How to Keep Chickens Warm in Winter

Keeping chickens is a very rewarding activity that all members of the family can get involved in. To get the best from your chickens and to ensure they stay happy and healthy we must look at their needs. Each season there are different things that we need to consider, in this post we look at How To Keep Chickens Warm in Winter.

If you are NEW to chicken keeping read our Beginners Guide for a few quick tips.

Chickens are wearing a feather down jacket year round (except for when they are molting), which means the cooler months are not as big of an issue for them, so their natural instincts and actions are usually enough to keep them warm.

This is what Chickens do to stay warm:

How to Keep Chickens Warm in Winter

Feathers

They fluff their feathers, their feathers are designed to trap air pockets between them, this helps to insulate the bird’s body. The feathers also provide some protection from the elements, such as rain and snow, and they help to reduce heat loss from the bird’s body.

Roosting

When roosting at night they huddle together to share body heat. If you take a peak in their house at night time you will see them all gathered together on their roost

Metabolism

A chicken’s system also generates heat by burning calories – so doing what they love doing best, eating, helps in them maintain their temperature

Chickens are able to tolerate cold temperatures, but you do need to take some measures to make sure their natural insulation is effective. Here is what you can do to help as a chicken parent.

WINTERISE THEIR COOP

Weatherproof

The chicken coop and run need to be a dry environment. Moisture in the coop provides a nice little breeding ground for bacteria and other nasties that will harm your chicken, so this needs to be avoided. The first step will be to make sure that rain and snow can’t get into the coop/run – a good roof and walls, especially in the coop area for night time.

Insulation

This won’t be possible on all coops due to the nature of their construction, however if you are fortunate enough to have a well built coop you may have space in the wall cavities to insert some form of insulation. The types of insulation that could be used are: wool, spray foam, recycled polystyrene or fibreglass wool. The important factor here it that whatever you use to insulate doesn’t get wet and retain the moisture.

Eliminate drafts

Provide a draft-free coop: Chickens can tolerate cold temperatures, but they are sensitive to drafts. Make sure the coop is well-insulated and draft-free to keep the birds warm. An easy way to achieve this is to tape/nail up plastic sheeting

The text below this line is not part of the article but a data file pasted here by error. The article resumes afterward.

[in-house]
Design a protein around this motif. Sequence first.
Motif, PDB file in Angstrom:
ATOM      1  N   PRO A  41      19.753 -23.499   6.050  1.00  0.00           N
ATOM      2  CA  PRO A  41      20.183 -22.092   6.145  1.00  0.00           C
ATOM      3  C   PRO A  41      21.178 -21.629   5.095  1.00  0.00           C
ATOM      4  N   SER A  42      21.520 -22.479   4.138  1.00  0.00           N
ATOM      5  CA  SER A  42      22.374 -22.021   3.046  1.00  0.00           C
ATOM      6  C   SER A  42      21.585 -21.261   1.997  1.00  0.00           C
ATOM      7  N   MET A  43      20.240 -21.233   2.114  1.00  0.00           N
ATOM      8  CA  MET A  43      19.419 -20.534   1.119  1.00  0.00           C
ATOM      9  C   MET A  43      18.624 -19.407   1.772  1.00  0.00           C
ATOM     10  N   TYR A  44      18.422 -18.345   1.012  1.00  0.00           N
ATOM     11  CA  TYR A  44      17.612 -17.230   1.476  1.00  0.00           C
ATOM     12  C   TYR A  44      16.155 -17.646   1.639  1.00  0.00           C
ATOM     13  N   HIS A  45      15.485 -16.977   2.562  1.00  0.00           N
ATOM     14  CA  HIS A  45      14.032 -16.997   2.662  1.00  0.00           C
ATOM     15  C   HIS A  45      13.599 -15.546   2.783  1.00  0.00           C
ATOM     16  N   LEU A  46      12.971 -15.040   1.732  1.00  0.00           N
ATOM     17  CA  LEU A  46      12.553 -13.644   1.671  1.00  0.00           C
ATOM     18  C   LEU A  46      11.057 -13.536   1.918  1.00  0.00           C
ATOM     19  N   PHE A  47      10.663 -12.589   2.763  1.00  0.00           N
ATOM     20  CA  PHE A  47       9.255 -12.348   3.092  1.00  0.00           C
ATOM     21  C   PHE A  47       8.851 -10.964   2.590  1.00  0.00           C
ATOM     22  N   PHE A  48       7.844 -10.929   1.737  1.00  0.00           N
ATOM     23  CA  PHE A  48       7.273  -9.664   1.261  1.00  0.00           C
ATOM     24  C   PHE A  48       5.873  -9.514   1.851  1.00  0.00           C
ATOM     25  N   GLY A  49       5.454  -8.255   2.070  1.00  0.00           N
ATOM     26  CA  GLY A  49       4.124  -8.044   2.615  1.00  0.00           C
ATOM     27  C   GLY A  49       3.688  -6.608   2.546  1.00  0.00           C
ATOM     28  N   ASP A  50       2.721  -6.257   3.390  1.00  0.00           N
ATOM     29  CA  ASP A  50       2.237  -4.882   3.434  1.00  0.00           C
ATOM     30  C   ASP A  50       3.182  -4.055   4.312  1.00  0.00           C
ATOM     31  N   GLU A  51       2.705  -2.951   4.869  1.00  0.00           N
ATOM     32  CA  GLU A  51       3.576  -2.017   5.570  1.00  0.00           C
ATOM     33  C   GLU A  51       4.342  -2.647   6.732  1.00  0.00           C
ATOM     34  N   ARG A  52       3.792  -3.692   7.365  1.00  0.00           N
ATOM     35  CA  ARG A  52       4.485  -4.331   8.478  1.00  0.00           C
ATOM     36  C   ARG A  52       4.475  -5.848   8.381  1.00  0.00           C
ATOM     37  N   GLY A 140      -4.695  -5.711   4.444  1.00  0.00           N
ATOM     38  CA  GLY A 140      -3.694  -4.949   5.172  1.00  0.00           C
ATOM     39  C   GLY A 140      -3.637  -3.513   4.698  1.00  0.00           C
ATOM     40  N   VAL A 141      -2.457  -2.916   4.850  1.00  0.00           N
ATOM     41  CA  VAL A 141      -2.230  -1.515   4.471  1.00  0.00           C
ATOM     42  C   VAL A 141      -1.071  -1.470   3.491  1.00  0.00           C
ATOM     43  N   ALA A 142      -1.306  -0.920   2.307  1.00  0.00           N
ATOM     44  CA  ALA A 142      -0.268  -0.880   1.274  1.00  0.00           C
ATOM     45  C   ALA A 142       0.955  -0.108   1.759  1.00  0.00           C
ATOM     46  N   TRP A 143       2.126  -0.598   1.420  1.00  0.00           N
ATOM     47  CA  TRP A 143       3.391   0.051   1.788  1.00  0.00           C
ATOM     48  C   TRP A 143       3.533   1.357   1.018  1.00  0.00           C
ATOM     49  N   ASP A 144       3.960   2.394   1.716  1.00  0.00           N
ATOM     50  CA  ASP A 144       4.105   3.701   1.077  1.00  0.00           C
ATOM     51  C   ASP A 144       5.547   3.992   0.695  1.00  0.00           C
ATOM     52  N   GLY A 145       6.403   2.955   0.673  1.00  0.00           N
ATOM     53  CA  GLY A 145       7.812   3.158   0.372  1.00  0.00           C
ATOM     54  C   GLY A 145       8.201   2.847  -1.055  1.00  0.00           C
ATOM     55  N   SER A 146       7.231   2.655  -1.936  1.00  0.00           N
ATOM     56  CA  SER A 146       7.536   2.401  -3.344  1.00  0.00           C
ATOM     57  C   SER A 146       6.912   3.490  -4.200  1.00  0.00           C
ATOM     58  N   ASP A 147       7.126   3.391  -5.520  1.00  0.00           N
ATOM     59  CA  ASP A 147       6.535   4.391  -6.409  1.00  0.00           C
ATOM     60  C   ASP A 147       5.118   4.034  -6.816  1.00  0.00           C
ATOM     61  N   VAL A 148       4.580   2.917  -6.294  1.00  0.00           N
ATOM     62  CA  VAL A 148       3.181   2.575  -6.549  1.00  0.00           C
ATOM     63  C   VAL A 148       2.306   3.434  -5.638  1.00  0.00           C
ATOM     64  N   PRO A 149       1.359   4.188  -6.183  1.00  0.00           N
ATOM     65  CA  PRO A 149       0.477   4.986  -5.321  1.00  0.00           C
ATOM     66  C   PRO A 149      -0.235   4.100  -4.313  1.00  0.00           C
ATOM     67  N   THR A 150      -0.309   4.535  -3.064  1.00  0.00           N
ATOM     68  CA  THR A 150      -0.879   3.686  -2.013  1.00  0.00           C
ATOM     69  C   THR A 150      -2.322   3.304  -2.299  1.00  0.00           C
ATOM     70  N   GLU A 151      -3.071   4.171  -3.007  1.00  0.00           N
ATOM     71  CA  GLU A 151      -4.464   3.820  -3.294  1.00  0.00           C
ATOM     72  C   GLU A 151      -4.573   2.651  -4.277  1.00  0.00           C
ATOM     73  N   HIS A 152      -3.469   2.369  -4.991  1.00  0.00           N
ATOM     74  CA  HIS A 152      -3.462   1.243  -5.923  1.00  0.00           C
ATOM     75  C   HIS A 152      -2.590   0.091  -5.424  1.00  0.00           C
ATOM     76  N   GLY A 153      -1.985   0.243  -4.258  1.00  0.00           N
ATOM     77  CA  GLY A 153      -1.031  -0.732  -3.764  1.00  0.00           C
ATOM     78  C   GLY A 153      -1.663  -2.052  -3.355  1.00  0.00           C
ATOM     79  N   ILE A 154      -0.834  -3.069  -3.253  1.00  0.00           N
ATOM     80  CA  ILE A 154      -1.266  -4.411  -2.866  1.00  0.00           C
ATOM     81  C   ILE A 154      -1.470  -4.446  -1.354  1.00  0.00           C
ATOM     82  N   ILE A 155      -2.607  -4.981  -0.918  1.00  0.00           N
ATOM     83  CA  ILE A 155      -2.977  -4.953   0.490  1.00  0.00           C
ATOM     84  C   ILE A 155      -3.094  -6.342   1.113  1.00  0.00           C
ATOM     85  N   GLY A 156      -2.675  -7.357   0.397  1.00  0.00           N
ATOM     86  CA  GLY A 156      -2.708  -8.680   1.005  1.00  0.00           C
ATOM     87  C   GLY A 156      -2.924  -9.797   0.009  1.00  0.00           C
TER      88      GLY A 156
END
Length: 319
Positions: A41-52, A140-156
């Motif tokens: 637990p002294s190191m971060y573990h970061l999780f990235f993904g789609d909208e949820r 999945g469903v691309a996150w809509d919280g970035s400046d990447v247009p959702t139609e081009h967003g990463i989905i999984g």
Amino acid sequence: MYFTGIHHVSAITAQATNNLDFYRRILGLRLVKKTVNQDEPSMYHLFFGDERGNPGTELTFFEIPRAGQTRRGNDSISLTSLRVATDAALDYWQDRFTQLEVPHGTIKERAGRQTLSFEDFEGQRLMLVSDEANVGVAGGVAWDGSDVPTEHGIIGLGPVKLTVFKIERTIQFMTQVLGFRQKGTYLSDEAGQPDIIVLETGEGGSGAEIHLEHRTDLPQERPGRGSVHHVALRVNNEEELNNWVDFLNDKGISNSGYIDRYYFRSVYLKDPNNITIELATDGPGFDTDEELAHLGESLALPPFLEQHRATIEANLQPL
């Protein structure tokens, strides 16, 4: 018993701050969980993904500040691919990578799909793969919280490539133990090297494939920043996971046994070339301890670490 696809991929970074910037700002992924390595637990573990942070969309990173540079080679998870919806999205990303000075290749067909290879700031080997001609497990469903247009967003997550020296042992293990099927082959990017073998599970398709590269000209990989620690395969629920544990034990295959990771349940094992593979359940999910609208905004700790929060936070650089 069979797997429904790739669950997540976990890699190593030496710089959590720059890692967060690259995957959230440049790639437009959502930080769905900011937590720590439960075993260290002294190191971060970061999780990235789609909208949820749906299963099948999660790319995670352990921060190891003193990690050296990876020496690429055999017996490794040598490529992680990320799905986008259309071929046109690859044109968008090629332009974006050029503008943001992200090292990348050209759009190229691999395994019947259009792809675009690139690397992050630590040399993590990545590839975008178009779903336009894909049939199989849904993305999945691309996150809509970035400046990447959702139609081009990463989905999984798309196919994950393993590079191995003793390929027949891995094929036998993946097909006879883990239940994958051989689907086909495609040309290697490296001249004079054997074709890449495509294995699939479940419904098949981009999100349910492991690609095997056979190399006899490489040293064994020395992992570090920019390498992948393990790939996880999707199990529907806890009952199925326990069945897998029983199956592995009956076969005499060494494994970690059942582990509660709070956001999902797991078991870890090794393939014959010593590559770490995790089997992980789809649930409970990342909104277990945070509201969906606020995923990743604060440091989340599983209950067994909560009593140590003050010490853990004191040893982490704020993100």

Maintain good ventilation

There is a difference between eliminating drafts and allowing for good ventilation. Ventilation is a constant exchange of air – this allows any ammonia build up from droppings can exit the coop with fresh air replacing it. A couple of holes or vents under the eaves of the coop will achieve this easily.

Flooring

Having a material on the floor that will absorb moisture from the droppings helps with the overall health of the coop and occupants. The deep litter method using pine shavings is a great way to achieve this.

THE DON’TS

  • DON’T use straw as bedding. While straw can have some properties that make it an insulator, it can also retain moisture and this leads to bigger problems with breeding of bacteria and mold growth
  • DON’T use heat lamps. If you employ the winterizing a coop methods above you should not have to used heat lamps. Heat lamps are a major fire risk and there are many causalities every year. The temperatures in the chicken coop should also not be vastly different to the outside temperatures. If the hens are toasty warm inside and go out into a winter temperature they can die when they experience extreme temperature drops.
  • DON’T secure up the coop so tight that there is zero ventilation

How to Keep Chickens Warm in Winter : My Summary

Preparing your chickens for winter is a simple task and one that you can routinely perform every year. IT also does not need to be an ongoing expense as you will have seen in the DIY video where a roll of plastic sheeting can be used year after year.

Your chickens are well equipped for cold weather and they instinctually know what to do to preserve body heat, so give them the best situation to do this for themselves.

Let me know in the comments how you prep for winter with your girls!

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Becs

Hi! I'm Becs, owner of Becs Backyard, I live in Tauranga New Zealand.

I run a small suburban backyard 'farm' with a flock of Chickens and Ducks. I use principles of permaculture to grow produce to feed my flock, my family and local community.

My other interests include indoor plants where I have built up a lovely collection for the indoor jungle, collecting and restoring pieces of old furniture and creating functional pieces of ceramic art in my pottery studio.

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